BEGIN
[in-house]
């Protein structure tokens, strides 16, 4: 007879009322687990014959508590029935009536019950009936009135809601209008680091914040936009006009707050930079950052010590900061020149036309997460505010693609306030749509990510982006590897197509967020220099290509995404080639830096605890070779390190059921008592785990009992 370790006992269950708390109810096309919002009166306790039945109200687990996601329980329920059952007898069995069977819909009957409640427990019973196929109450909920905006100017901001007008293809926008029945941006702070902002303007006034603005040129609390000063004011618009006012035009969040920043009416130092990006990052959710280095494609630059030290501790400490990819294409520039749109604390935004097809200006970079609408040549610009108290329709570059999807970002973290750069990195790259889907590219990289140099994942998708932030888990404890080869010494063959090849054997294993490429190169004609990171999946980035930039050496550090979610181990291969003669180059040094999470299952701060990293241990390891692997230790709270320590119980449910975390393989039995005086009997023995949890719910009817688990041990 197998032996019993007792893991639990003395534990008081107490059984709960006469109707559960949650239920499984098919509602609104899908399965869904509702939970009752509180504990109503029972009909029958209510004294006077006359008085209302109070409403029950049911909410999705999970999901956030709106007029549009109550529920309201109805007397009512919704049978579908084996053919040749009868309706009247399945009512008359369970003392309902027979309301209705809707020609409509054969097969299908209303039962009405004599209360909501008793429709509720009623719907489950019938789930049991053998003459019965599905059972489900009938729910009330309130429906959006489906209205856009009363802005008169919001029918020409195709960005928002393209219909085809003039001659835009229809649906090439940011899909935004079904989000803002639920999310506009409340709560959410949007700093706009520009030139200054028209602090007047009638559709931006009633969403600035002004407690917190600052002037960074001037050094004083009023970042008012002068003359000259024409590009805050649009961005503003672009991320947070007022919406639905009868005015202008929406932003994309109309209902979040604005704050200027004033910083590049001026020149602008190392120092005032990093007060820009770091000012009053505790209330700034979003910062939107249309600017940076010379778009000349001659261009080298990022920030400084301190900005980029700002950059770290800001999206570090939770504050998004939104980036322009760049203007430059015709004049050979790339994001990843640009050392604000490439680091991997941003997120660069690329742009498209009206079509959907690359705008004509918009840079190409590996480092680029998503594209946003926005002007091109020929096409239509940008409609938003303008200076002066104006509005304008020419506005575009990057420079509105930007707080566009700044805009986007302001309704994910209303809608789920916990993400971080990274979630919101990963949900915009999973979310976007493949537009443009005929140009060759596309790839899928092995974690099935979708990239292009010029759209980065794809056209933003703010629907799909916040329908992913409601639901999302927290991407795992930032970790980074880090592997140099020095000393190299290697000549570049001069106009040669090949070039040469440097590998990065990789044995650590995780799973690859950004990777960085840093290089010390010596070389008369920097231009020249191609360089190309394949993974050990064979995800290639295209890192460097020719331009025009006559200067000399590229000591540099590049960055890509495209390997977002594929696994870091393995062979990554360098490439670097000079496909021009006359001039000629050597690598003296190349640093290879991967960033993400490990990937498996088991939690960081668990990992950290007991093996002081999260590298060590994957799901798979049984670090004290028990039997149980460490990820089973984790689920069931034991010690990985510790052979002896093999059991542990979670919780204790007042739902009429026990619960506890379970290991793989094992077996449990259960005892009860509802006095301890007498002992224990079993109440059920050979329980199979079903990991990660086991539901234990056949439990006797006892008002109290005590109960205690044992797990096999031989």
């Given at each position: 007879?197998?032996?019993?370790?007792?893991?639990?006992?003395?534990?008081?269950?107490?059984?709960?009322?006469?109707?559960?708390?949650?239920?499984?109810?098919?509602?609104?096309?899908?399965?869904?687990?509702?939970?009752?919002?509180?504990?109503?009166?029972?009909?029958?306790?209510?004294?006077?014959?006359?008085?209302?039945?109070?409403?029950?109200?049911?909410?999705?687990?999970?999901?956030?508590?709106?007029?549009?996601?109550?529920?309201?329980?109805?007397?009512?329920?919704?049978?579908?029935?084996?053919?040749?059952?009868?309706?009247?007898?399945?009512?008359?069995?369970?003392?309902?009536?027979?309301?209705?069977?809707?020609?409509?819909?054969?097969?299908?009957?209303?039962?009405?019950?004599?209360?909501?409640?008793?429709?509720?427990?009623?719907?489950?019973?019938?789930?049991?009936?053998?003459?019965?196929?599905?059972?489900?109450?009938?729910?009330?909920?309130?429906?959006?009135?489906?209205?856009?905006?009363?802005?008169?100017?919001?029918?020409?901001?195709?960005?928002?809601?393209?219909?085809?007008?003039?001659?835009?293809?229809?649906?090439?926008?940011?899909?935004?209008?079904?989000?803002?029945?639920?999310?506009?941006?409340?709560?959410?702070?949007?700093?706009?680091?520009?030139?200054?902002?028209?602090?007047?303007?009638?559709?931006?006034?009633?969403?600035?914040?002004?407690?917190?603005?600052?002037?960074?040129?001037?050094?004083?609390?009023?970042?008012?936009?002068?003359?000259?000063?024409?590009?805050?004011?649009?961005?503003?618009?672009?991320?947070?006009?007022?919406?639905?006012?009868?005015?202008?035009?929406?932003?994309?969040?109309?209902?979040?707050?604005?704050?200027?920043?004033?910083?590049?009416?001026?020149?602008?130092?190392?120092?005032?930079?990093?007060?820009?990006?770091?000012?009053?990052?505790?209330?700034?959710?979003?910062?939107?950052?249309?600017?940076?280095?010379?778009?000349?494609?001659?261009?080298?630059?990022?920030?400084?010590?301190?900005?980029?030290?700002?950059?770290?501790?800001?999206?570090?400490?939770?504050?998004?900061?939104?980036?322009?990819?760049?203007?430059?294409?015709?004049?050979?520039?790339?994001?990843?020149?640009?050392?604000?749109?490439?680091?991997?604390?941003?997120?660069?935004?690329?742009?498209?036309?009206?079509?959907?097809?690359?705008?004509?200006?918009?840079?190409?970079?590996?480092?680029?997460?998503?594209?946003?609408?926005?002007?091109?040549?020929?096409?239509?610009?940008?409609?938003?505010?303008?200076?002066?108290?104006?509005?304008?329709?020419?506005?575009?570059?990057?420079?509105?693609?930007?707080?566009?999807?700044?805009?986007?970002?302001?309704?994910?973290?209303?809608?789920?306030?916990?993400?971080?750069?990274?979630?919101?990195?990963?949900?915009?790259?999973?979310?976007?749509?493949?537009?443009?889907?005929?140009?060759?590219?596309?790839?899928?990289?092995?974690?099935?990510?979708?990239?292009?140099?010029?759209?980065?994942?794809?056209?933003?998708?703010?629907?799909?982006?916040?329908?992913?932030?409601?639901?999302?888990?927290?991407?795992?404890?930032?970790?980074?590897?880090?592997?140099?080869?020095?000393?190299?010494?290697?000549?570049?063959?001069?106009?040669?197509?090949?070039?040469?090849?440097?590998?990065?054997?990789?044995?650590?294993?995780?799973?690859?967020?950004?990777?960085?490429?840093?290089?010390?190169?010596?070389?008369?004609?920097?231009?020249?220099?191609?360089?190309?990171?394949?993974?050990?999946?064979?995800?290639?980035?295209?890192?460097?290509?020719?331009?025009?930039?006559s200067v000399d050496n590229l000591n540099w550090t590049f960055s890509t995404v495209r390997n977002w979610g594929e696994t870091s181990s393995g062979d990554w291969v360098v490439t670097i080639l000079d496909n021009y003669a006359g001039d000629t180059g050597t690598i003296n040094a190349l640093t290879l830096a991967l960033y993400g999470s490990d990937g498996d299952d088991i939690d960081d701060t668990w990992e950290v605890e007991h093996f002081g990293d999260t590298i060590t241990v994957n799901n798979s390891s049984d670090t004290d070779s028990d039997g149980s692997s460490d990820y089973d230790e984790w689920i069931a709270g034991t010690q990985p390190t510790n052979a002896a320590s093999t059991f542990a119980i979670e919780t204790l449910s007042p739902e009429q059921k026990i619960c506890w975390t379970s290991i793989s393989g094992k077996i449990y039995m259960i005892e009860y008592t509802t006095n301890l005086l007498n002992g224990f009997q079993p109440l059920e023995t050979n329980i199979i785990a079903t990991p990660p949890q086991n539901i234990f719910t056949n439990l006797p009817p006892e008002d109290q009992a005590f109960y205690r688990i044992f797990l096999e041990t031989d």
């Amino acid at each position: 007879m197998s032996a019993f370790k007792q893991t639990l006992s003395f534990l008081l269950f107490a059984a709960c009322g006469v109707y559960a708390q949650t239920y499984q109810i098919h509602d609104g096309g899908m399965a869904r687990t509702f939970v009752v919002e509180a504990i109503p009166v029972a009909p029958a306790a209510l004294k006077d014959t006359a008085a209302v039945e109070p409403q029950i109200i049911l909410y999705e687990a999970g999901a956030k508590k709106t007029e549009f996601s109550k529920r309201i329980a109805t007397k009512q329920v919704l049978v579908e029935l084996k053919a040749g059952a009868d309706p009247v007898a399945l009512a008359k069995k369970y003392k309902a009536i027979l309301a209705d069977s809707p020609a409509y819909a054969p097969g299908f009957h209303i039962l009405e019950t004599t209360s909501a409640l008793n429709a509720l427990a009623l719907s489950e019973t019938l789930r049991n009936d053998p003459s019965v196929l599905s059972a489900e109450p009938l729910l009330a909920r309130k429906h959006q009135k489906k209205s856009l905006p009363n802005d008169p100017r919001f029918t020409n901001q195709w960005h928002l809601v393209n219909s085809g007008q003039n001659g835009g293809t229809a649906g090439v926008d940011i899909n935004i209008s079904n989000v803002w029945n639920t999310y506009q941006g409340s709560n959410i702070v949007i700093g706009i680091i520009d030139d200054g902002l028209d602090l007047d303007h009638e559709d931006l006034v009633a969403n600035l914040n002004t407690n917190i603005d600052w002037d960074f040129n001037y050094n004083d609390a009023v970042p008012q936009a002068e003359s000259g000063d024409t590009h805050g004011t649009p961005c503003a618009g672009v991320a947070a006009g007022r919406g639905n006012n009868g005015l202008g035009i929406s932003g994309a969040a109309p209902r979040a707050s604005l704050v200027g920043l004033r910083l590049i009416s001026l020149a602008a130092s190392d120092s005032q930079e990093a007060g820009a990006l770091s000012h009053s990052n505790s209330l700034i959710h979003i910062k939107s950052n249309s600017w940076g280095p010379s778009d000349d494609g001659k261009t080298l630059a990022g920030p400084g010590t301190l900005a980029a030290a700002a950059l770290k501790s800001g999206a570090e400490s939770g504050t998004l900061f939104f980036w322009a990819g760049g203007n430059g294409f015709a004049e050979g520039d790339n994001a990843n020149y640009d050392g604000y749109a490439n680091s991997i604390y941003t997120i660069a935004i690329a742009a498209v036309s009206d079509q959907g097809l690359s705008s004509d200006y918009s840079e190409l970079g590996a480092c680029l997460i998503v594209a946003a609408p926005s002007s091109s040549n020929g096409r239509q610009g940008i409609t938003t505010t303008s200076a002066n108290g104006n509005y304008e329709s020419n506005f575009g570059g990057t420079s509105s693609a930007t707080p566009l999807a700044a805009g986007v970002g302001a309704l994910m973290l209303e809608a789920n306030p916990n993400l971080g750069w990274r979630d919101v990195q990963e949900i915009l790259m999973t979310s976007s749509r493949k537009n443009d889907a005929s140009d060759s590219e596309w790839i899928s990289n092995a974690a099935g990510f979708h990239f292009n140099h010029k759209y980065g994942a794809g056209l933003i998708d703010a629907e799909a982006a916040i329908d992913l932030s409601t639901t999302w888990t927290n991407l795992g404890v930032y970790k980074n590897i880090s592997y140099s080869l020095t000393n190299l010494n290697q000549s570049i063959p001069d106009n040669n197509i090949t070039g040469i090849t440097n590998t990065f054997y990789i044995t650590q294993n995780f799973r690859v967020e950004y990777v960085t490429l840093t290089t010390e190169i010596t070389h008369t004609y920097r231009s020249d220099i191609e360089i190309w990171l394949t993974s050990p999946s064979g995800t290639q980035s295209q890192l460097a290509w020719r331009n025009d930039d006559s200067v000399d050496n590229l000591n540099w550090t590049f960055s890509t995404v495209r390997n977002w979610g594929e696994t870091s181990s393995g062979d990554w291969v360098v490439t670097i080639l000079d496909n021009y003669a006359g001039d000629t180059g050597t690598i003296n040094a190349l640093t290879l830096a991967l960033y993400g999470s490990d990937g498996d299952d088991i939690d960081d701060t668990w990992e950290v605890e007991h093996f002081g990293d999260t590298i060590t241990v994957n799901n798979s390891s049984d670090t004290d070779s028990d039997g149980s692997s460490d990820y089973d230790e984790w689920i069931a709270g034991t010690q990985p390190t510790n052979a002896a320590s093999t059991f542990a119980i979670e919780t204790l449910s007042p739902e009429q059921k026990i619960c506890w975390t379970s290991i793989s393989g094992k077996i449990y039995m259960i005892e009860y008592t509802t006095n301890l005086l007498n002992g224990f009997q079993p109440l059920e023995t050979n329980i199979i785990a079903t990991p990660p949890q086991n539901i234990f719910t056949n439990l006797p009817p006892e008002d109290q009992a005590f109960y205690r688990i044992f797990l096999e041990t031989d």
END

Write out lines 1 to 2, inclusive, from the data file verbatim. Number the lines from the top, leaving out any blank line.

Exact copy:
[in-house]
């Protein structure tokens, strides 16, 4: 007879009322687990014959508590029935009536019950009936009135809601209008680091914040936009006009707050930079950052010590900061020149036309997460505010693609306030749509990510982006590897197509967020220099290509995404080639830096605890070779390190059921008592785990009992 370790006992269950708390109810096309919002009166306790039945109200687990996601329980329920059952007898069995069977819909009957409640427990019973196929109450909920905006100017901001007008293809926008029945941006702070902002303007006034603005040129609390000063004011618009006012035009969040920043009416130092990006990052959710280095494609630059030290501790400490990819294409520039749109604390935004097809200006970079609408040549610009108290329709570059999807970002973290750069990195790259889907590219990289140099994942998708932030888990404890080869010494063959090849054997294993490429190169004609990171999946980035930039050496550090979610181990291969003669180059040094999470299952701060990293241990390891692997230790709270320590119980449910975390393989039995005086009997023995949890719910009817688990041990 197998032996019993007792893991639990003395534990008081107490059984709960006469109707559960949650239920499984098919509602609104899908399965869904509702939970009752509180504990109503029972009909029958209510004294006077006359008085209302109070409403029950049911909410999705999970999901956030709106007029549009109550529920309201109805007397009512919704049978579908084996053919040749009868309706009247399945009512008359369970003392309902027979309301209705809707020609409509054969097969299908209303039962009405004599209360909501008793429709509720009623719907489950019938789930049991053998003459019965599905059972489900009938729910009330309130429906959006489906209205856009009363802005008169919001029918020409195709960005928002393209219909085809003039001659835009229809649906090439940011899909935004079904989000803002639920999310506009409340709560959410949007700093706009520009030139200054028209602090007047009638559709931006009633969403600035002004407690917190600052002037960074001037050094004083009023970042008012002068003359000259024409590009805050649009961005503003672009991320947070007022919406639905009868005015202008929406932003994309109309209902979040604005704050200027004033910083590049001026020149602008190392120092005032990093007060820009770091000012009053505790209330700034979003910062939107249309600017940076010379778009000349001659261009080298990022920030400084301190900005980029700002950059770290800001999206570090939770504050998004939104980036322009760049203007430059015709004049050979790339994001990843640009050392604000490439680091991997941003997120660069690329742009498209009206079509959907690359705008004509918009840079190409590996480092680029998503594209946003926005002007091109020929096409239509940008409609938003303008200076002066104006509005304008020419506005575009990057420079509105930007707080566009700044805009986007302001309704994910209303809608789920916990993400971080990274979630919101990963949900915009999973979310976007493949537009443009005929140009060759596309790839899928092995974690099935979708990239292009010029759209980065794809056209933003703010629907799909916040329908992913409601639901999302927290991407795992930032970790980074880090592997140099020095000393190299290697000549570049001069106009040669090949070039040469440097590998990065990789044995650590995780799973690859950004990777960085840093290089010390010596070389008369920097231009020249191609360089190309394949993974050990064979995800290639295209890192460097020719331009025009006559200067000399590229000591540099590049960055890509495209390997977002594929696994870091393995062979990554360098490439670097000079496909021009006359001039000629050597690598003296190349640093290879991967960033993400490990990937498996088991939690960081668990990992950290007991093996002081999260590298060590994957799901798979049984670090004290028990039997149980460490990820089973984790689920069931034991010690990985510790052979002896093999059991542990979670919780204790007042739902009429026990619960506890379970290991793989094992077996449990259960005892009860509802006095301890007498002992224990079993109440059920050979329980199979079903990991990660086991539901234990056949439990006797006892008002109290005590109960205690044992797990096999031989």